my hair itches.

08 July 2018 22:44


fireflies press against the screens, blinking blearily like how i feel when i had to set an alarm several hours before i'd have been ready to wake up. they drift around, seemingly getting sucked back against the plastic grid, flashing like they're trying to send a signal to my glowing phone light inside.

in the smokies, the park closed for weeks around firefly season, citing light pollution from cars as confusing their native firefly population. you could buy a ticket on one of a small number of shuttles that would bring visitors, once or twice a night, to a designated spot, where you would then get out and walk over a hillside and settle in to watch the show. last year, poorly-scheduled demolition projects ran kleeg lights all night long, and people reported poor firefly turnout.

when we lived in iowa, my mother caught fireflies, waited for them to flash, then pinched off the sac of luciferen so she could paint images on my arms; i cried, realizing she was killing things to decorate my body.

in a recent phone call to my mother, i admitted to feeling on edge, riding the crest of stress and near-burnout, and that my response was to find everything calamitous, all words spoken to me as personal attacks. she laughed a little, telling me that she's known since i was a child that i tend towards oversensitivity, that i am quick to find things earth-shattering and disturbing.

23 June 2018 21:54


When we first moved to this house, moths visited the bathrooms every night through the summer and early fall. We kept the screenless window open for ventilation, and they flew towards the globe light bulbs above the mirror, spinning in circles around and around and landing on the tile to slurp spilled bathwater. I crawled after them with a camera and a macro lens, setting up lights and speaking gently to them. A different, new species appeared almost every night.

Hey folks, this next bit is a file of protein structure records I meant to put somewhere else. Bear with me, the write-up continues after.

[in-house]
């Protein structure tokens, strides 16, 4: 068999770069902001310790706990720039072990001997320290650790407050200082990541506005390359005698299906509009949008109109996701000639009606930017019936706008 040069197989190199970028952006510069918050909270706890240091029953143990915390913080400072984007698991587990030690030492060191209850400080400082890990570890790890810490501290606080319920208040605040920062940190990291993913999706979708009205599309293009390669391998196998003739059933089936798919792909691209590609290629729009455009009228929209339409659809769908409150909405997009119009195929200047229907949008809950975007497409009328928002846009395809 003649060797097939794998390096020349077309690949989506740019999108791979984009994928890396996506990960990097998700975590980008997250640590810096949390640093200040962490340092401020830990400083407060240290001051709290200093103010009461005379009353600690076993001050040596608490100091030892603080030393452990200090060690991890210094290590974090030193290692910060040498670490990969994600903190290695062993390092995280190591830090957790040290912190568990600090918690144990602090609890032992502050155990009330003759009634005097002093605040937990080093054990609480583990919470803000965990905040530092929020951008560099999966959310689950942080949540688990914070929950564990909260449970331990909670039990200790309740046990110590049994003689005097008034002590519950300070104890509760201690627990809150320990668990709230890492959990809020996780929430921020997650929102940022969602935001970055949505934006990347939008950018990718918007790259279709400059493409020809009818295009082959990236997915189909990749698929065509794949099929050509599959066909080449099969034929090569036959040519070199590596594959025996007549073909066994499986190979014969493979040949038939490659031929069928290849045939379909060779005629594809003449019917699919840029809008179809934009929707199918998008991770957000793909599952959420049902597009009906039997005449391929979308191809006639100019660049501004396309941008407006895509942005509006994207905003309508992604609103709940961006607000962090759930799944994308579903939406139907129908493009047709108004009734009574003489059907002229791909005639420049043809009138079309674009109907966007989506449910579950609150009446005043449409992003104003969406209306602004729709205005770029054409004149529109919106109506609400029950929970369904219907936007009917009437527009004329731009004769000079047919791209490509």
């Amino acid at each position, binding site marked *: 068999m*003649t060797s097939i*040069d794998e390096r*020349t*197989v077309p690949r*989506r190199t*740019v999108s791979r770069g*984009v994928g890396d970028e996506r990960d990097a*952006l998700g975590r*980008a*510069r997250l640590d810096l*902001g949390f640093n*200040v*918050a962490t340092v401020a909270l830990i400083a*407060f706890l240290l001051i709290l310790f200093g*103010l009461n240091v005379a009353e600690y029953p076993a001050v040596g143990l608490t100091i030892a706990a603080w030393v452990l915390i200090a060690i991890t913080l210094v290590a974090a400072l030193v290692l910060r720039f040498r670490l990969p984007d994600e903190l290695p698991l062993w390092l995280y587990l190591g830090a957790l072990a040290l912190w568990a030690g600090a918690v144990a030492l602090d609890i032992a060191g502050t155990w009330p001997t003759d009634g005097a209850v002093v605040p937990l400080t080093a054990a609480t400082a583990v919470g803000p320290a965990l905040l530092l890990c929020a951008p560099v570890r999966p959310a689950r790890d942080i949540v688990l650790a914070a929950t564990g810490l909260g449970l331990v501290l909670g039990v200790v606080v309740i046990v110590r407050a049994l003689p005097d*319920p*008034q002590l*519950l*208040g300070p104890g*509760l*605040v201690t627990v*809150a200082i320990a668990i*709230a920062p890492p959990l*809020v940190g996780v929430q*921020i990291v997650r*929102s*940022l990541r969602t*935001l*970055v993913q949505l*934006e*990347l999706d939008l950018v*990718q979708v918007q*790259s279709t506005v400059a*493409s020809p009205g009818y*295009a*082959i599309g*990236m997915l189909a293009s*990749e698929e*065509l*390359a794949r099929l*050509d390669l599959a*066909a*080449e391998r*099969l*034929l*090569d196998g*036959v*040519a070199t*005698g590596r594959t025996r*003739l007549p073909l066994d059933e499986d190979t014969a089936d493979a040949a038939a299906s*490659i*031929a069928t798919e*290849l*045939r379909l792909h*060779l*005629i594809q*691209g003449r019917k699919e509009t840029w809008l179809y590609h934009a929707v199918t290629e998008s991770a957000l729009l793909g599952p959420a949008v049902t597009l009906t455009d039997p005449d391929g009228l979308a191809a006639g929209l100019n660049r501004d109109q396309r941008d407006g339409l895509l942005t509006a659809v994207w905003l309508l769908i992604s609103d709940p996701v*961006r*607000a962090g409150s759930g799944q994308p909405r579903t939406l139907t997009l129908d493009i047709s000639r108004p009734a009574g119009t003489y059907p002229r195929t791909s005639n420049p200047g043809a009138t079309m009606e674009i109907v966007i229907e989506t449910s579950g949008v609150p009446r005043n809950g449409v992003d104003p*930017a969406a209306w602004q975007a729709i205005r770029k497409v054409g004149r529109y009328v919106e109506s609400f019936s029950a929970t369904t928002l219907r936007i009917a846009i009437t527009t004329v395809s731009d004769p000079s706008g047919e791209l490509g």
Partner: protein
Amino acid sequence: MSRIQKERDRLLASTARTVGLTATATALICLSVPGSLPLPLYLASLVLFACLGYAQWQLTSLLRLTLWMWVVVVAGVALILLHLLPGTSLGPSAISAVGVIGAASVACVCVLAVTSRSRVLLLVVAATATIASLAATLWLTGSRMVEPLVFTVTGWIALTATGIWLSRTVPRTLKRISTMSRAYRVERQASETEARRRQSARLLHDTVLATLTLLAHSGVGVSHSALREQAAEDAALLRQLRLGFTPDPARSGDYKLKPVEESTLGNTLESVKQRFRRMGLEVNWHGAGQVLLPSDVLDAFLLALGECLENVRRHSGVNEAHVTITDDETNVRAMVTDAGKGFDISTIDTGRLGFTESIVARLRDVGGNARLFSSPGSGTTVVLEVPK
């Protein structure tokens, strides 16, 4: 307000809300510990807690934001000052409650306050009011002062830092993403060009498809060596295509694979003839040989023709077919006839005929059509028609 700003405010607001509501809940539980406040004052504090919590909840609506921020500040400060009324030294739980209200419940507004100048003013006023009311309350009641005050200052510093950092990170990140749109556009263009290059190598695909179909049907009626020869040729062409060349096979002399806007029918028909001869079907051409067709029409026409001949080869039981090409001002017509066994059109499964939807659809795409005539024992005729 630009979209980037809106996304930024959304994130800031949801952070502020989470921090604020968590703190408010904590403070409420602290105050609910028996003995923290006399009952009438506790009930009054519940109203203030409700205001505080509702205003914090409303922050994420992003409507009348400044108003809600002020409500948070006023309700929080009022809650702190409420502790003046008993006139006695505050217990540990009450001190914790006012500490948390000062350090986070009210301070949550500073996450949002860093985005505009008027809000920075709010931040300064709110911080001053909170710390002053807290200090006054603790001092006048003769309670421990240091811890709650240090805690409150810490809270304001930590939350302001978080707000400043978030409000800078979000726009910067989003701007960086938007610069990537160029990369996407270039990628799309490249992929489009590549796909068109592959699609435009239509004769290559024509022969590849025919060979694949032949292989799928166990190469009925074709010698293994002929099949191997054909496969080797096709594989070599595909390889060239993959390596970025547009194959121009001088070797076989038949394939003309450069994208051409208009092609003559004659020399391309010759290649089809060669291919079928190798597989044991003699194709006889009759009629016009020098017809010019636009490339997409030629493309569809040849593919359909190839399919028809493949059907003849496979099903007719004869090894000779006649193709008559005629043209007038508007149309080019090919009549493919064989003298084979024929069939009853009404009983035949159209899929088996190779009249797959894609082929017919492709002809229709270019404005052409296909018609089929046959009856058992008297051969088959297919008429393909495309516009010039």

I've read that moths navigate by lunar pull, a sense for the position of lights and bodies beyond the atmosphere that goes beyond what our eyes can tell us. They get confused when lights are too close, and their long, careful inscription of the night turn into frantic tight circles when they breach humanity's fear of the dark. The lights here disrupt them. Things we need to survive disrupt things we can't understand. We have a right to be here, too.

I found Clarence after days of seeing bug dirt scattered under the geranium pot, and I wasn't ready to glimpse a white bristly worm in the corner of my eye while watering the tomatoes. I've never understood my aversion to looking at caterpillars enough to learn how to overcome it, so I startled and so did Clarence.

Maybe it's giving him a name and making him a friend; maybe it's missing the moth visiting the bathroom. After that first summer here, we rarely saw moths again. After a bit of a cooldown, I went to inspect Clarence again, and he reared up and shook at me until I retreated again. I wonder if that tactic works as well for the robins circling the porch as it does for me.

01 July 2014 23:14